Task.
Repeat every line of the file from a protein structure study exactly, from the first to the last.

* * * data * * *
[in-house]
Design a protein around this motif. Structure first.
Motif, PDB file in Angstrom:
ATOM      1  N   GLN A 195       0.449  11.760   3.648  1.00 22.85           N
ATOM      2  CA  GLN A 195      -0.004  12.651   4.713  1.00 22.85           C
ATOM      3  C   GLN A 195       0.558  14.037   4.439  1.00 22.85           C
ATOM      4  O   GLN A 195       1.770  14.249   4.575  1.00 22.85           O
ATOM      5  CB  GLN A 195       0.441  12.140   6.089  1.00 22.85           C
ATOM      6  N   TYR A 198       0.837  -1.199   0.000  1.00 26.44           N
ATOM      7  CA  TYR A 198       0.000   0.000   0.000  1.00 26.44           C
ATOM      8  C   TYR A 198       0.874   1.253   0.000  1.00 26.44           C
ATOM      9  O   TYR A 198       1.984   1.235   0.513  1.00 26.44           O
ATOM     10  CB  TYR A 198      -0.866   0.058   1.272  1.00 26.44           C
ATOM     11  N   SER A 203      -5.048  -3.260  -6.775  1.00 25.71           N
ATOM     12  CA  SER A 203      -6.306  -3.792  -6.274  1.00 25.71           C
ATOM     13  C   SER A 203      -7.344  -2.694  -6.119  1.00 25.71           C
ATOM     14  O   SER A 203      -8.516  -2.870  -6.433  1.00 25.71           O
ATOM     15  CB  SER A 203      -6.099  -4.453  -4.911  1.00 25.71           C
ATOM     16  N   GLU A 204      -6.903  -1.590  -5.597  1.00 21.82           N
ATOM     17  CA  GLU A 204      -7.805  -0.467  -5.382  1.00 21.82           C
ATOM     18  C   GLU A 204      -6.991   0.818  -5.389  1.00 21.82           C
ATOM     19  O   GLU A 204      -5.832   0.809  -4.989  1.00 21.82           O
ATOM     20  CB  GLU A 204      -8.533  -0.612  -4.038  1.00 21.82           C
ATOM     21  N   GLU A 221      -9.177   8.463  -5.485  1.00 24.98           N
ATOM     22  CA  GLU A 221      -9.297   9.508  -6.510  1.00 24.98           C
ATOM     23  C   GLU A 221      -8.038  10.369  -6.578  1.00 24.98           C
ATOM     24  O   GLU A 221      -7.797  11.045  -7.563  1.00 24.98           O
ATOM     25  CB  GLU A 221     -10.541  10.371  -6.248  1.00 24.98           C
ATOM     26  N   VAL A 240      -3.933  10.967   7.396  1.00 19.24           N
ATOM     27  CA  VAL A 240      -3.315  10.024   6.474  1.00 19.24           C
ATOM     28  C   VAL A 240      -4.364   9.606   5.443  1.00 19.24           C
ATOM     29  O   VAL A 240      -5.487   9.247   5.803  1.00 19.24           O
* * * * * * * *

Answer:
[in-house]
Design a protein around this motif. Structure first.
Motif, PDB file in Angstrom:
ATOM      1  N   GLN A 195       0.449  11.760   3.648  1.00 22.85           N
ATOM      2  CA  GLN A 195      -0.004  12.651   4.713  1.00 22.85           C
ATOM      3  C   GLN A 195       0.558  14.037   4.439  1.00 22.85           C
ATOM      4  O   GLN A 195       1.770  14.249   4.575  1.00 22.85           O
ATOM      5  CB  GLN A 195       0.441  12.140   6.089  1.00 22.85           C
ATOM      6  N   TYR A 198       0.837  -1.199   0.000  1.00 26.44           N
ATOM      7  CA  TYR A 198       0.000   0.000   0.000  1.00 26.44           C
ATOM      8  C   TYR A 198       0.874   1.253   0.000  1.00 26.44           C
ATOM      9  O   TYR A 198       1.984   1.235   0.513  1.00 26.44           O
ATOM     10  CB  TYR A 198      -0.866   0.058   1.272  1.00 26.44           C
ATOM     11  N   SER A 203      -5.048  -3.260  -6.775  1.00 25.71           N
ATOM     12  CA  SER A 203      -6.306  -3.792  -6.274  1.00 25.71           C
ATOM     13  C   SER A 203      -7.344  -2.694  -6.119  1.00 25.71           C
ATOM     14  O   SER A 203      -8.516  -2.870  -6.433  1.00 25.71           O
ATOM     15  CB  SER A 203      -6.099  -4.453  -4.911  1.00 25.71           C
ATOM     16  N   GLU A 204      -6.903  -1.590  -5.597  1.00 21.82           N
ATOM     17  CA  GLU A 204      -7.805  -0.467  -5.382  1.00 21.82           C
ATOM     18  C   GLU A 204      -6.991   0.818  -5.389  1.00 21.82           C
ATOM     19  O   GLU A 204      -5.832   0.809  -4.989  1.00 21.82           O
ATOM     20  CB  GLU A 204      -8.533  -0.612  -4.038  1.00 21.82           C
ATOM     21  N   GLU A 221      -9.177   8.463  -5.485  1.00 24.98           N
ATOM     22  CA  GLU A 221      -9.297   9.508  -6.510  1.00 24.98           C
ATOM     23  C   GLU A 221      -8.038  10.369  -6.578  1.00 24.98           C
ATOM     24  O   GLU A 221      -7.797  11.045  -7.563  1.00 24.98           O
ATOM     25  CB  GLU A 221     -10.541  10.371  -6.248  1.00 24.98           C
ATOM     26  N   VAL A 240      -3.933  10.967   7.396  1.00 19.24           N
ATOM     27  CA  VAL A 240      -3.315  10.024   6.474  1.00 19.24           C
ATOM     28  C   VAL A 240      -4.364   9.606   5.443  1.00 19.24           C
ATOM     29  O   VAL A 240      -5.487   9.247   5.803  1.00 19.24           O